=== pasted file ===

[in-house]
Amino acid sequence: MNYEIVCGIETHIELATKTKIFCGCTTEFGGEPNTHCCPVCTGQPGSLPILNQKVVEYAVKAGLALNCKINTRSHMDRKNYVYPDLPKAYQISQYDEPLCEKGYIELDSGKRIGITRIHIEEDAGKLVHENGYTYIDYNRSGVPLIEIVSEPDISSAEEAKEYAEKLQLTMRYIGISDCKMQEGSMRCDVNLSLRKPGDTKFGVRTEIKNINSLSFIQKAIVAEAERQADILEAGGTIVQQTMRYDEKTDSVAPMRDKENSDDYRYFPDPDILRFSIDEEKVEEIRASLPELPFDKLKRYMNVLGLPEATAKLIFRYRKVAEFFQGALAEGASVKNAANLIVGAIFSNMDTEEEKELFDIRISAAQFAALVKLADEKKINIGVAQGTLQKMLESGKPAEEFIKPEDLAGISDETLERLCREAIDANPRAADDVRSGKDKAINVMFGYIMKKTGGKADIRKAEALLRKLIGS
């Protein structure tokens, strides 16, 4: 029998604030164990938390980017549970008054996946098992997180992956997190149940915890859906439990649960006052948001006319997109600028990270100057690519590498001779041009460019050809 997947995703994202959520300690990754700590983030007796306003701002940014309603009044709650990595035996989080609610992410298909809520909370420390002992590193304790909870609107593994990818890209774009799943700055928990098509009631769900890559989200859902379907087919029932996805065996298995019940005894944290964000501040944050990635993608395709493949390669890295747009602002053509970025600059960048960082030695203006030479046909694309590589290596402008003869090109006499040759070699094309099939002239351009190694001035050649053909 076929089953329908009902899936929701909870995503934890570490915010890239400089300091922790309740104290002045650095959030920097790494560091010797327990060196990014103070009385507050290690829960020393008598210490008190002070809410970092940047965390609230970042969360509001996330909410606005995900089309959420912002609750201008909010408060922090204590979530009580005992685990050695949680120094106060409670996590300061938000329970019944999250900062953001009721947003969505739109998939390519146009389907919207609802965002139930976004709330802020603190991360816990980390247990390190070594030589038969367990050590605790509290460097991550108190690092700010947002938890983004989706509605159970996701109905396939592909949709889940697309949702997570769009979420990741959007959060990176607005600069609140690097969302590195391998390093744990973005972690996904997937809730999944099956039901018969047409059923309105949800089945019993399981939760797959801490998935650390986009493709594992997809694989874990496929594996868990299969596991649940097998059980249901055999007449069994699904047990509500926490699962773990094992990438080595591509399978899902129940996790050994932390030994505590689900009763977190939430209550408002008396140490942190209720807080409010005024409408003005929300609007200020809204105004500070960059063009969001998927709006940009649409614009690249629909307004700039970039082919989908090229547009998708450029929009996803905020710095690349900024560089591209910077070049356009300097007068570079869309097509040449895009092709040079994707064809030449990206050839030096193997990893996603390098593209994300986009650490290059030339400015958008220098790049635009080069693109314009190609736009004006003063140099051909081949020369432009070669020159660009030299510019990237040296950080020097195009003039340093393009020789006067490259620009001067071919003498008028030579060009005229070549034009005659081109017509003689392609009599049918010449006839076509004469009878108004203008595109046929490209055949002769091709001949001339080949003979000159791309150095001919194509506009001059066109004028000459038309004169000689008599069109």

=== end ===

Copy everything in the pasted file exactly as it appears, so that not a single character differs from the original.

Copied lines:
[in-house]
Amino acid sequence: MNYEIVCGIETHIELATKTKIFCGCTTEFGGEPNTHCCPVCTGQPGSLPILNQKVVEYAVKAGLALNCKINTRSHMDRKNYVYPDLPKAYQISQYDEPLCEKGYIELDSGKRIGITRIHIEEDAGKLVHENGYTYIDYNRSGVPLIEIVSEPDISSAEEAKEYAEKLQLTMRYIGISDCKMQEGSMRCDVNLSLRKPGDTKFGVRTEIKNINSLSFIQKAIVAEAERQADILEAGGTIVQQTMRYDEKTDSVAPMRDKENSDDYRYFPDPDILRFSIDEEKVEEIRASLPELPFDKLKRYMNVLGLPEATAKLIFRYRKVAEFFQGALAEGASVKNAANLIVGAIFSNMDTEEEKELFDIRISAAQFAALVKLADEKKINIGVAQGTLQKMLESGKPAEEFIKPEDLAGISDETLERLCREAIDANPRAADDVRSGKDKAINVMFGYIMKKTGGKADIRKAEALLRKLIGS
């Protein structure tokens, strides 16, 4: 029998604030164990938390980017549970008054996946098992997180992956997190149940915890859906439990649960006052948001006319997109600028990270100057690519590498001779041009460019050809 997947995703994202959520300690990754700590983030007796306003701002940014309603009044709650990595035996989080609610992410298909809520909370420390002992590193304790909870609107593994990818890209774009799943700055928990098509009631769900890559989200859902379907087919029932996805065996298995019940005894944290964000501040944050990635993608395709493949390669890295747009602002053509970025600059960048960082030695203006030479046909694309590589290596402008003869090109006499040759070699094309099939002239351009190694001035050649053909 076929089953329908009902899936929701909870995503934890570490915010890239400089300091922790309740104290002045650095959030920097790494560091010797327990060196990014103070009385507050290690829960020393008598210490008190002070809410970092940047965390609230970042969360509001996330909410606005995900089309959420912002609750201008909010408060922090204590979530009580005992685990050695949680120094106060409670996590300061938000329970019944999250900062953001009721947003969505739109998939390519146009389907919207609802965002139930976004709330802020603190991360816990980390247990390190070594030589038969367990050590605790509290460097991550108190690092700010947002938890983004989706509605159970996701109905396939592909949709889940697309949702997570769009979420990741959007959060990176607005600069609140690097969302590195391998390093744990973005972690996904997937809730999944099956039901018969047409059923309105949800089945019993399981939760797959801490998935650390986009493709594992997809694989874990496929594996868990299969596991649940097998059980249901055999007449069994699904047990509500926490699962773990094992990438080595591509399978899902129940996790050994932390030994505590689900009763977190939430209550408002008396140490942190209720807080409010005024409408003005929300609007200020809204105004500070960059063009969001998927709006940009649409614009690249629909307004700039970039082919989908090229547009998708450029929009996803905020710095690349900024560089591209910077070049356009300097007068570079869309097509040449895009092709040079994707064809030449990206050839030096193997990893996603390098593209994300986009650490290059030339400015958008220098790049635009080069693109314009190609736009004006003063140099051909081949020369432009070669020159660009030299510019990237040296950080020097195009003039340093393009020789006067490259620009001067071919003498008028030579060009005229070549034009005659081109017509003689392609009599049918010449006839076509004469009878108004203008595109046929490209055949002769091709001949001339080949003979000159791309150095001919194509506009001059066109004028000459038309004169000689008599069109």